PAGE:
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Pondlife in your garden

Ponds support a huge variety of invertebrates. They may include pond-skaters, water beetles, pond snails, freshwater mussels and harmless leeches, and many other species too small to be seen with the naked eye.

Dragonflies and damselflies: Some common species will breed in ponds. The larvae need shallow, reasonably sheltered water and submerged plants as cover and hunting habitat. The larvae will take other insects, fish fry and tadpoles. Adults also need emergent plants to crawl up when they hatch.

Amphibians and fish: In general, these do not mix well because fish will eat tadpoles. Small fish, such as sticklebacks or minnows, may provide interest without eating too many tadpoles.

Ponds that dry out occasionally can be good for amphibians because fish will not survive. Amphibians are quite long-lived, and can afford to miss an occasional breeding season. They will feed in plants over 60 cm tall around the pond. Provide logs and stones for shelter. Frogs and toads also hibernate in ponds with areas over 60 cm deep which are unlikely to freeze solid during winter.
If you transfer spawn or adult frogs and toads between ponds there is a risk of spreading diseases. Please remember, too, that it is illegal to move great crested newts or natterjack toads without a licence.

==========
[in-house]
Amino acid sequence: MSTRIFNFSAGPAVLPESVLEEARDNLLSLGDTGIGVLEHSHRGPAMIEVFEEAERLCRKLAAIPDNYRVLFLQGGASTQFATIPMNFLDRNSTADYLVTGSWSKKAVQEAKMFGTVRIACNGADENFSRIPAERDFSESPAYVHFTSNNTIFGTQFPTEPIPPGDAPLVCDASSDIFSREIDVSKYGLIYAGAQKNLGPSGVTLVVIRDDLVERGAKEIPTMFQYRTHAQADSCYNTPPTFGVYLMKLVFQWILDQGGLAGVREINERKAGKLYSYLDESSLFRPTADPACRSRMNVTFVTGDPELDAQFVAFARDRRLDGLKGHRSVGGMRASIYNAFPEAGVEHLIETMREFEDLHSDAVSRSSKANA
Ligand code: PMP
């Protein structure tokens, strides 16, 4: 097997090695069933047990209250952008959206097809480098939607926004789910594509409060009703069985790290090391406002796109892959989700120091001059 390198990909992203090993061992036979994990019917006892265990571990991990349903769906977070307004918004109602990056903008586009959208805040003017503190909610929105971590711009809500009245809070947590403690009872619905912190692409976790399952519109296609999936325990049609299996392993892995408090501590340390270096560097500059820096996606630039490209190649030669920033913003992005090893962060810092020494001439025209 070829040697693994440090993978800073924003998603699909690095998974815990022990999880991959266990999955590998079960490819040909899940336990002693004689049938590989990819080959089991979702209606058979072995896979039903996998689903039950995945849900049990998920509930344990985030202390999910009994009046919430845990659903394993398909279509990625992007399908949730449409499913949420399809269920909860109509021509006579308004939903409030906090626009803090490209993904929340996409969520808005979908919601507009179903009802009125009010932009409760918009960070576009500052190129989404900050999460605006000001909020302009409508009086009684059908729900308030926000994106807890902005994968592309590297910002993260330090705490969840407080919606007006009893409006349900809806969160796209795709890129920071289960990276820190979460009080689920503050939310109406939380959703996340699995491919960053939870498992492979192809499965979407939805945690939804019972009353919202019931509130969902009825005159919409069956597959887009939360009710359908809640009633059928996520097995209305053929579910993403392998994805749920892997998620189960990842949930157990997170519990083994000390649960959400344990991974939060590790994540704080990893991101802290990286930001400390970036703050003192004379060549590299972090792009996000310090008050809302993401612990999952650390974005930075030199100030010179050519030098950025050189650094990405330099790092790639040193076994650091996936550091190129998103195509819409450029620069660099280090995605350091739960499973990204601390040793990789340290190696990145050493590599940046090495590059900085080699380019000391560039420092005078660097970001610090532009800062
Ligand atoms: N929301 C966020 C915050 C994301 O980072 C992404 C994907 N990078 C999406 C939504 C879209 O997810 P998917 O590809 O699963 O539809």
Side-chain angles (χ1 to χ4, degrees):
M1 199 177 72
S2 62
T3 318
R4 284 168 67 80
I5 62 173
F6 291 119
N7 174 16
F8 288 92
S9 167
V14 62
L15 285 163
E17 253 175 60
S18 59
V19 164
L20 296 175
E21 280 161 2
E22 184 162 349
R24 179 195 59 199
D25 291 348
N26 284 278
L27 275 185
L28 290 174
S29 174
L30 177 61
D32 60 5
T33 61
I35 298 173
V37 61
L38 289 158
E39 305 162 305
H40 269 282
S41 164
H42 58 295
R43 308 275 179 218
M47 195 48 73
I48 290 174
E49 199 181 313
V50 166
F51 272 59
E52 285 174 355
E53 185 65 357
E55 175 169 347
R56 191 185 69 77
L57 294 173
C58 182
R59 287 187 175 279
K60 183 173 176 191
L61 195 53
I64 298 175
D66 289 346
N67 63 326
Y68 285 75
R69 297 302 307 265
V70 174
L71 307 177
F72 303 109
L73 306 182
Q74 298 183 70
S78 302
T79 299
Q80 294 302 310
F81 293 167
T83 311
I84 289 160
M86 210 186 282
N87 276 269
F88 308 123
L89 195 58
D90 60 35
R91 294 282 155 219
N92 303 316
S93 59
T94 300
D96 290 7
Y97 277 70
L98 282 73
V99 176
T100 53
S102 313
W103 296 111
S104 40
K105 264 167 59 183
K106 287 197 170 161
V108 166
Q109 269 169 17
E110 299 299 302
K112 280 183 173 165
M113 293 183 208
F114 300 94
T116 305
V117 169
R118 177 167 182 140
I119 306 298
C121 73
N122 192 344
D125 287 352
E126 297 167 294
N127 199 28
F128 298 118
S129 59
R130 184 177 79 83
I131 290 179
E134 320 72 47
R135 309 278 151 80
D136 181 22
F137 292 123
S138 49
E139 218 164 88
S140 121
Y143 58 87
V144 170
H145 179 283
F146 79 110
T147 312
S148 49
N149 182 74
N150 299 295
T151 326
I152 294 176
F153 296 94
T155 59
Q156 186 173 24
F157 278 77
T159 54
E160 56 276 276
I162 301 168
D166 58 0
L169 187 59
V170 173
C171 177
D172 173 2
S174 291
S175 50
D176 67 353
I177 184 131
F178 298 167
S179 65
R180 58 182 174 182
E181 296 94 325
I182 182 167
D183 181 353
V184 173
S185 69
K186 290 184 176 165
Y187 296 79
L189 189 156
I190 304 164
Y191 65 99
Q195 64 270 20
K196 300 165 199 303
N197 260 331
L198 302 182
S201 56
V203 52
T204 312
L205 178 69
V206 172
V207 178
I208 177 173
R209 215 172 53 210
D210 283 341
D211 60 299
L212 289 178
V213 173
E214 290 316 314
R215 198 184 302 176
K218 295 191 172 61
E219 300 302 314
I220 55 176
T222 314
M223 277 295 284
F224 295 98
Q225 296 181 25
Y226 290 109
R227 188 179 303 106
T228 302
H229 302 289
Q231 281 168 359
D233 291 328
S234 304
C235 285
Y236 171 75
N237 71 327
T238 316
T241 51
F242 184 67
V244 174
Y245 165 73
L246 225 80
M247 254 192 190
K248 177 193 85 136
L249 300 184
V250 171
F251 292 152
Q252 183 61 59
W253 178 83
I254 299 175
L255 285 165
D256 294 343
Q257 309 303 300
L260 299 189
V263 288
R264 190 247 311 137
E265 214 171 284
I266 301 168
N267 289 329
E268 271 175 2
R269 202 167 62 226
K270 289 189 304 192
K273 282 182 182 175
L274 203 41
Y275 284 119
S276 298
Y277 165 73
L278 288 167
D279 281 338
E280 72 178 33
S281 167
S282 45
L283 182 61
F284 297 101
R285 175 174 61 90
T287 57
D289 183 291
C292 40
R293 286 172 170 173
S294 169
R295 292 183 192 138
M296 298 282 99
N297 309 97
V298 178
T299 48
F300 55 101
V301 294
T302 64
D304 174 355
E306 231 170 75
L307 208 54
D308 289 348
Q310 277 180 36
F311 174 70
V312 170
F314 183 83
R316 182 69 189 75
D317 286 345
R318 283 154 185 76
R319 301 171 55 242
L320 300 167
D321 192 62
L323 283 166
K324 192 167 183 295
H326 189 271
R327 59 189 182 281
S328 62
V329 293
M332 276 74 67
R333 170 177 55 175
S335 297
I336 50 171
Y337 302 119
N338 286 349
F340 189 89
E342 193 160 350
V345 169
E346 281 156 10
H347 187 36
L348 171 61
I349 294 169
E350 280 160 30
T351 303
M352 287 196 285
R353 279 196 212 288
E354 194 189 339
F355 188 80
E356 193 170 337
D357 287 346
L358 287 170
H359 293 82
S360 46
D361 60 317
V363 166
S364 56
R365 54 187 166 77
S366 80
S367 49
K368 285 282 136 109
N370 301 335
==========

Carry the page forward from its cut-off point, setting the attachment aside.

Newts will eat frog tadpoles, but take toad tadpoles less readily. There is not much you can do about this except possibly rear a few frogs in an aquarium to release when they have legs.

Birds: Many woodland and garden birds will drink and bathe in the smallest pond, but wetland species are only likely to breed on larger ponds. Many birds like a low branch or log in the middle of the pond to drink and bathe from safely.

Some people wish to deter herons from fish ponds. Herons will usually land near the pond, then walk to the edge to fish, either from the side or by wading into shallow water. A barrier of two wires, one 35 cm high, the other 20 cm high, placed one above the other around the edge, or a vertical edge to the pond with a drop of at least 35 cm to the water can help to deter them.
Frogs, toads and hedgehogs find it hard to climb out of straight-sided ponds. A ‘ladder’ of near-vertical plastic mesh, such as clematis mesh, secured top and bottom and extending below the water will help hedgehogs to escape, and is unlikely to be exploited by herons.



Pond life


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